Viva Delhi Traffic Police!

The lecture hall of the Delhi Traffic Police Headquarters (PHQ), Dev Prakash Shatri Marg, Pusa, New Delhi is like any other classroom, anywhere––a table, some chairs, a rostrum, a whiteboard with markers and a stand-alone computer terminal connected to a projection system. Leaders of India’s freedom struggle look down (pun intended) upon the occupants of the room from the posters mounted on the walls. For a facility, which is much in demand for continuation training of cops and for educating errant drivers, and is in use seven days a week, it is fairly well maintained. And, like a Catholic church, it doesn’t discriminate between people on the basis of their caste, creed, colour, sex or status. For the training sessions, sweaty drivers of trucks, taxis and auto rickshaws are huddled in that room and democratically share the limited space with smartly accoutred chauffeurs providing proxies for their rich masters and, of course, with the snobbish who call themselves ‘educated’.

Avoidable!

When the room is packed to more than its capacity and the lights are switched off for audio-visual training, the darkness and the half asphyxiating stench of sweat, Banarasi paan, bidi/ cigarettes, Rajnigandha and the cheap make-up and deodorants attack senses and sensibilities alike. They remind of parts of The City of Joy described so vividly by Dominique Lapierre.

There, in that room, the traffic police instructors ‘try to’ re-educate several hundred wayward drivers daily.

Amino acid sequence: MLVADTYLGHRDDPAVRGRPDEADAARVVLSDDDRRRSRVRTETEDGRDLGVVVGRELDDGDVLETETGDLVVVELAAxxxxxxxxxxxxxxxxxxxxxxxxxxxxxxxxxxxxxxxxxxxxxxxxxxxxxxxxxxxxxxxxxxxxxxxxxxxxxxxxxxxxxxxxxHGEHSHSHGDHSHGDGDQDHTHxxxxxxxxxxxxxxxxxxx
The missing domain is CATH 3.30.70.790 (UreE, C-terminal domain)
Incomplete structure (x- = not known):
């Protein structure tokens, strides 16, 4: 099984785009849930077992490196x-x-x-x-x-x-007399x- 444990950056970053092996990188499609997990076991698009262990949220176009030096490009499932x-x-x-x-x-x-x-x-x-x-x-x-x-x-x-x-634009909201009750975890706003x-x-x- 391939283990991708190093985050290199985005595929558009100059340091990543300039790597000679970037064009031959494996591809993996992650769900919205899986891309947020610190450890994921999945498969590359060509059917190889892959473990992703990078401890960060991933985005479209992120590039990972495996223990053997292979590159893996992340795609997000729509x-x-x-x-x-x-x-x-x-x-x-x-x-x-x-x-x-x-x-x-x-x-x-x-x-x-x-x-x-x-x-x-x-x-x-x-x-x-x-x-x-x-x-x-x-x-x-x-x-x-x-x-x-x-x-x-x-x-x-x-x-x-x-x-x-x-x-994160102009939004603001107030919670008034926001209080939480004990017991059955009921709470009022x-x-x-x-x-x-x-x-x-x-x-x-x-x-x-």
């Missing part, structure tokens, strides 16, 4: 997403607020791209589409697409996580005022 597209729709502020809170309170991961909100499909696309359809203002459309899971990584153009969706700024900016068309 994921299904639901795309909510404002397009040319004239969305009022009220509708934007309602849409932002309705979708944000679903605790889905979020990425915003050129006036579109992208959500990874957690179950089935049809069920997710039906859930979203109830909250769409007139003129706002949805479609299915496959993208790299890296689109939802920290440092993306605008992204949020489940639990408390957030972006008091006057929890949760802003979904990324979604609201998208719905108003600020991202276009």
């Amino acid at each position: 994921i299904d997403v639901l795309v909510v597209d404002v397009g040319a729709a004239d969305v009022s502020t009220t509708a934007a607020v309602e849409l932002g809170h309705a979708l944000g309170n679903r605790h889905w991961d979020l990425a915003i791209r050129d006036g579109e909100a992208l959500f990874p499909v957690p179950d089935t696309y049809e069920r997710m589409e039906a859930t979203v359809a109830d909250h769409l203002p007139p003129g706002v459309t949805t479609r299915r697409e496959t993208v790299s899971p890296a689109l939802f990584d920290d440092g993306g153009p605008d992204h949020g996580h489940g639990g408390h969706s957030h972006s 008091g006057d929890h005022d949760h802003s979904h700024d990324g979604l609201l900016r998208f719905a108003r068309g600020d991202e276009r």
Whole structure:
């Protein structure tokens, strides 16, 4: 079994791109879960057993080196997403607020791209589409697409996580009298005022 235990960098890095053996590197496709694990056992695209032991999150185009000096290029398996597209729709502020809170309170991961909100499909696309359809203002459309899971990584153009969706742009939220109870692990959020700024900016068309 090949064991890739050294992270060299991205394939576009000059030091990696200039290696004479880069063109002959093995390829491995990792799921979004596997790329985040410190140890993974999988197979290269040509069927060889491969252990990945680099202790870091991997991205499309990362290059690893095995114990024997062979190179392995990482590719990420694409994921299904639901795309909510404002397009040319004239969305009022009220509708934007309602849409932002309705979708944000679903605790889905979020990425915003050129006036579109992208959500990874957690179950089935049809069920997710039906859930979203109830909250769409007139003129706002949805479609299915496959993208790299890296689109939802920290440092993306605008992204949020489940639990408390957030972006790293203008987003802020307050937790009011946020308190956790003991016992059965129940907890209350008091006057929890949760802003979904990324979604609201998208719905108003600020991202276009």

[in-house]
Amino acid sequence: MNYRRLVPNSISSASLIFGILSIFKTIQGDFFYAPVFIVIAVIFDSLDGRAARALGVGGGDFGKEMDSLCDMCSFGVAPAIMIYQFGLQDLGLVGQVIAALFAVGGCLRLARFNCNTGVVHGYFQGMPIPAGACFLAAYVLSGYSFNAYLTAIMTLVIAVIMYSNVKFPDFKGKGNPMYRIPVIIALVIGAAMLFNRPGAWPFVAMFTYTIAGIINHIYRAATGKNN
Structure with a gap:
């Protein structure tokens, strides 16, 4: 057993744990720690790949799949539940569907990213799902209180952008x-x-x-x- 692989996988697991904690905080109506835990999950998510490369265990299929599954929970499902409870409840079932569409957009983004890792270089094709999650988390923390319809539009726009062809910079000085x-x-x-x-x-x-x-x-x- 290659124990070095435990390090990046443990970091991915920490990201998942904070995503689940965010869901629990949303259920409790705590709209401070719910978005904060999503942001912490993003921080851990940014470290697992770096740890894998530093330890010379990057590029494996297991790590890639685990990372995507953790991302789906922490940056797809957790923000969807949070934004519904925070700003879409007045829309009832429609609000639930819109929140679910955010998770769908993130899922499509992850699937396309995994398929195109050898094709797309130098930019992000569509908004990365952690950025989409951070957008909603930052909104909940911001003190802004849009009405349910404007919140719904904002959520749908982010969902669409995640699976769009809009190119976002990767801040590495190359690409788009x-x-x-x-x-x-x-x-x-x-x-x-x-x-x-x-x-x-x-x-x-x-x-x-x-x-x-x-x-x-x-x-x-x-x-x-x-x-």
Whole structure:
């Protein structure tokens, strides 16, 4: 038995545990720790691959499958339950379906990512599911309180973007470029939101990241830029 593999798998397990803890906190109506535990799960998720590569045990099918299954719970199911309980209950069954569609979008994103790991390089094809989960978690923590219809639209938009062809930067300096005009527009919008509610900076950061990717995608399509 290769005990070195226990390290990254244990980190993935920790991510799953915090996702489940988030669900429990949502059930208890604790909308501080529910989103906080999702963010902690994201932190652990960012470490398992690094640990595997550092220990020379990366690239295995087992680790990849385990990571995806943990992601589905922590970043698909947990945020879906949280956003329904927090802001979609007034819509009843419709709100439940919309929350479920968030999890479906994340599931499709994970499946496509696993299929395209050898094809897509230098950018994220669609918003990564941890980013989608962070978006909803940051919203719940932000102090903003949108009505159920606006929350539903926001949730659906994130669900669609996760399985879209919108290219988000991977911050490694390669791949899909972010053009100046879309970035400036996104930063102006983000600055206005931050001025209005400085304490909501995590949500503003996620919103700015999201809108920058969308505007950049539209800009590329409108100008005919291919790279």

That chaotic situation as described above, is not the doing of the PHQ. The ever-increasing number of unruly drivers causes the mess in that under-sized room as it does on Delhi roads.   

Now, how and why I landed up in the ‘that’ lecture hall is unimportant. Suffice it to say that I was an utterly harassed sapiens by the time I reached there after running from pillar to post for three days. And, before you draw any conclusion, let me also tell you that whatever I was getting by way of treatment was my absolute entitlement––I had earned it by dint of my ignorance of the procedure to get back the driving license confiscated by a vigilant cop for a traffic violation.

What followed when I reached the PHQ might be of relevance for those who aspire to learn from the experience of others.

To begin with, the nearly 30 kms drive from my residence in Noida to the PHQ was a nightmare. Well-meaning activists, both pro and ante Citizenship Amendment Act, had ‘unintentionally’ caused clogging of roads. Google Maps had gone crazy suggesting different alternatives every few minutes. I still arrived at the destination on the prescribed date and time. In the absence of an authorised parking for visitors, I parked my car on the roadside, half a kilometre away––at ‘owner’s risk’. And, for the next four hours, a part of my brain was occupied; worrying about the well being of my new car.

I had paid a fine of Rs 1000/- online to be eligible to attend the corrective driving training session at the PHQ and stood at the end of a very long queue to register for the same. A mixed feeling of torment and humiliation swept over me like a little tsunami as I stood in that line (mind the stress on the word ‘that’). For once, I wanted desperately to take advantage of my being a senior citizen but couldn’t do so as there wasn’t a separate line for senior citizens. There was a shred of preferential treatment for women, though. A stern cop appeared every once in a while and chastised the men trying to jump the queue.

Deterrence!

All that huffing and puffing and pushing around at 2:00 pm was for a class that was to commence at 4:30 pm. The anxiety of the people in the queue was comparable to the hurry of the drivers trying to get past a crossing when the amber traffic light is blinking––about to give way to red.

I heard bits of interesting conversation as I waited for my turn. Here are some excerpts:

“They caught me for jumping the traffic light whereas they left the guy behind me who was guilty of the same offence.”